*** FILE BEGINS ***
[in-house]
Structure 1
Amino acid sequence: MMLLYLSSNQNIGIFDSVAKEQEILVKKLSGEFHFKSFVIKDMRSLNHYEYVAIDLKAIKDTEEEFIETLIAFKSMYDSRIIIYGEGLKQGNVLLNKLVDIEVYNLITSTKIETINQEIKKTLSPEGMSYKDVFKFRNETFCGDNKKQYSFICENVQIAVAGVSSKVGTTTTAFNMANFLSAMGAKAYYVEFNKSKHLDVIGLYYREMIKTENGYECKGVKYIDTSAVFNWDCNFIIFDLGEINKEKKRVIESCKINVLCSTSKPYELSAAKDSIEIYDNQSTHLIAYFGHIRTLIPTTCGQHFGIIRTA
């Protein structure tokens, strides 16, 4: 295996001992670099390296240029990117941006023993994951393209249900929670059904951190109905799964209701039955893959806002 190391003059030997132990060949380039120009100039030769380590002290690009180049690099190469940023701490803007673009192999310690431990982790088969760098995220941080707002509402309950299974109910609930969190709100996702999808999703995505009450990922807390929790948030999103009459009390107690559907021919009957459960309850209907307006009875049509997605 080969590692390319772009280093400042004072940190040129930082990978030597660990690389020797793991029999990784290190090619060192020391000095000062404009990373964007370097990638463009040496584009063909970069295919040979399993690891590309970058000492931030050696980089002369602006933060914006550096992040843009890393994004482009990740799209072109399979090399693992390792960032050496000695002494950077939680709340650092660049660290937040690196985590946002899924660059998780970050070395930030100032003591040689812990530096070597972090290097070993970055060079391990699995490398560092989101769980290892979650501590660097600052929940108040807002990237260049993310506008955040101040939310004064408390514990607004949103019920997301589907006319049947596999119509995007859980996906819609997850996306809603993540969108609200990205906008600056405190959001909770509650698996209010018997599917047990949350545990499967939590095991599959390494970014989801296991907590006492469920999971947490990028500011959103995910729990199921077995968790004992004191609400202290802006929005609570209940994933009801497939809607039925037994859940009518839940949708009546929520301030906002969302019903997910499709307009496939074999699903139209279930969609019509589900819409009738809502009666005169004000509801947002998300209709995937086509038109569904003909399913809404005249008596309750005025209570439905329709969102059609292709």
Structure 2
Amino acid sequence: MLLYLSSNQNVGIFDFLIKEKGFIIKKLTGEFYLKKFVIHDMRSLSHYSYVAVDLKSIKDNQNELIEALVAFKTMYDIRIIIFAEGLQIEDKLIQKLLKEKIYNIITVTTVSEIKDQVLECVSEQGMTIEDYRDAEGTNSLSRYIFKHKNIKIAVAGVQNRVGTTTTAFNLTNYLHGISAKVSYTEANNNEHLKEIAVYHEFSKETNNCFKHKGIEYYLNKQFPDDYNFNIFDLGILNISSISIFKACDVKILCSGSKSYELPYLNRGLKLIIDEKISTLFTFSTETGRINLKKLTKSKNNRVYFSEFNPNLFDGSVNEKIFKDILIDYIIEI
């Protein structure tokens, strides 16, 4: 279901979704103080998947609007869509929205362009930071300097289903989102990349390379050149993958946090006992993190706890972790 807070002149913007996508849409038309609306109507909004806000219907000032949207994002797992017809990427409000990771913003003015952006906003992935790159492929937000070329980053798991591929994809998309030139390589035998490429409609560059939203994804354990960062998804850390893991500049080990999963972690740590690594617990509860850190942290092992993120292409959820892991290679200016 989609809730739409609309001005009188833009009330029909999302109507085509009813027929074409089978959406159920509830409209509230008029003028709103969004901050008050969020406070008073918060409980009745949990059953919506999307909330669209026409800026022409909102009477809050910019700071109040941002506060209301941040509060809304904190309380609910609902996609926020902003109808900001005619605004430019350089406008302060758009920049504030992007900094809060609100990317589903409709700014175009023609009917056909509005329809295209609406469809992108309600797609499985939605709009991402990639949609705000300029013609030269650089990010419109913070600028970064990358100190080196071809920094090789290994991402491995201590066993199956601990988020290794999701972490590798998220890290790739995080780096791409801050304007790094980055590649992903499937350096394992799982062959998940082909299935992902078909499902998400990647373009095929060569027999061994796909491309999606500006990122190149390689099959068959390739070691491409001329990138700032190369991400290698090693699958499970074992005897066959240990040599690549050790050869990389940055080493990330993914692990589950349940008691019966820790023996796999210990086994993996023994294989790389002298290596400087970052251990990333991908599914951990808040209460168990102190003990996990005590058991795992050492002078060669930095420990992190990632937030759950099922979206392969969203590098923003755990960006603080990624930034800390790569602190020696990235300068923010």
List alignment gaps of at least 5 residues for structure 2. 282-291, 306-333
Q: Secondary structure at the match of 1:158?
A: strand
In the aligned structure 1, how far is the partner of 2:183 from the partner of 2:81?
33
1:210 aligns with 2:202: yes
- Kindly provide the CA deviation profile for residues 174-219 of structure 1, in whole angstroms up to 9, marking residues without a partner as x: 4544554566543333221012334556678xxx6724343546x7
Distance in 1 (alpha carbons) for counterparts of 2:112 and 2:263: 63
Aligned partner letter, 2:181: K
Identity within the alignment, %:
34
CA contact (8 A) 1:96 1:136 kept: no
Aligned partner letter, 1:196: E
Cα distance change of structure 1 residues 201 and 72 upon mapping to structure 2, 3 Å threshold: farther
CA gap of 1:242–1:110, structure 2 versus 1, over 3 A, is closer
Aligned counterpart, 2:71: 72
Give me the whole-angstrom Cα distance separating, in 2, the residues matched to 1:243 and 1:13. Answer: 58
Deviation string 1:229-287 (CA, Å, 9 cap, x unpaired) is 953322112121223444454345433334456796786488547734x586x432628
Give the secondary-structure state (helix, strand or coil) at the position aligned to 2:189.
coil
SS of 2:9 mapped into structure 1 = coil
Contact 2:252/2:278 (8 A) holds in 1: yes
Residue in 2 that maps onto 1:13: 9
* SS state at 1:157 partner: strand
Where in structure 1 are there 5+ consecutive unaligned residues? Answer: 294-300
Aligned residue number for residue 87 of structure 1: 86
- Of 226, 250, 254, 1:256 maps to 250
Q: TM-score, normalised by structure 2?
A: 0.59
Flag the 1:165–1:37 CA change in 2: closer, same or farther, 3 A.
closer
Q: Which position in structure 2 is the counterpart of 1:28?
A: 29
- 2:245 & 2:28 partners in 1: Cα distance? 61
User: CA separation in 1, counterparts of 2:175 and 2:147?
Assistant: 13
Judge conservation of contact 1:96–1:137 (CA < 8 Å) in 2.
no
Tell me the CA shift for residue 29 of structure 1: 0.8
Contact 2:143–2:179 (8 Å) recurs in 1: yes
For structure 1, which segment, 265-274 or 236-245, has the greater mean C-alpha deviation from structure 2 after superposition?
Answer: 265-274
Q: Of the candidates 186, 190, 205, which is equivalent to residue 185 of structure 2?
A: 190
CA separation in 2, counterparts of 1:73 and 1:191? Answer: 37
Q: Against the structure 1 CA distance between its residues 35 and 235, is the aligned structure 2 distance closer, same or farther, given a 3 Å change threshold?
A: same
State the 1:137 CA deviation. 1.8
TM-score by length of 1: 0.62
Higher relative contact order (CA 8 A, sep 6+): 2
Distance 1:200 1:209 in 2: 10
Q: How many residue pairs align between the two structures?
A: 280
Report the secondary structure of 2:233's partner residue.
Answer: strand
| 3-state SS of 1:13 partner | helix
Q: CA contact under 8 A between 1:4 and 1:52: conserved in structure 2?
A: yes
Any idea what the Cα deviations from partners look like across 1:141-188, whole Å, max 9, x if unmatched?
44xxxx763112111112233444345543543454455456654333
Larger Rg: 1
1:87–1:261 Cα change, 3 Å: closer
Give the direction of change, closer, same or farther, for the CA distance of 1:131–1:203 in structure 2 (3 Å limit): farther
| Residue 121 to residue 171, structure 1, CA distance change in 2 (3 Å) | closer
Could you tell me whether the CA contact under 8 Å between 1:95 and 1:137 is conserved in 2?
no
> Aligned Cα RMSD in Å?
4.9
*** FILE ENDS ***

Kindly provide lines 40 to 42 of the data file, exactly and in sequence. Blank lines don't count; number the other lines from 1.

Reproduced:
A: 29
- 2:245 & 2:28 partners in 1: Cα distance? 61
User: CA separation in 1, counterparts of 2:175 and 2:147?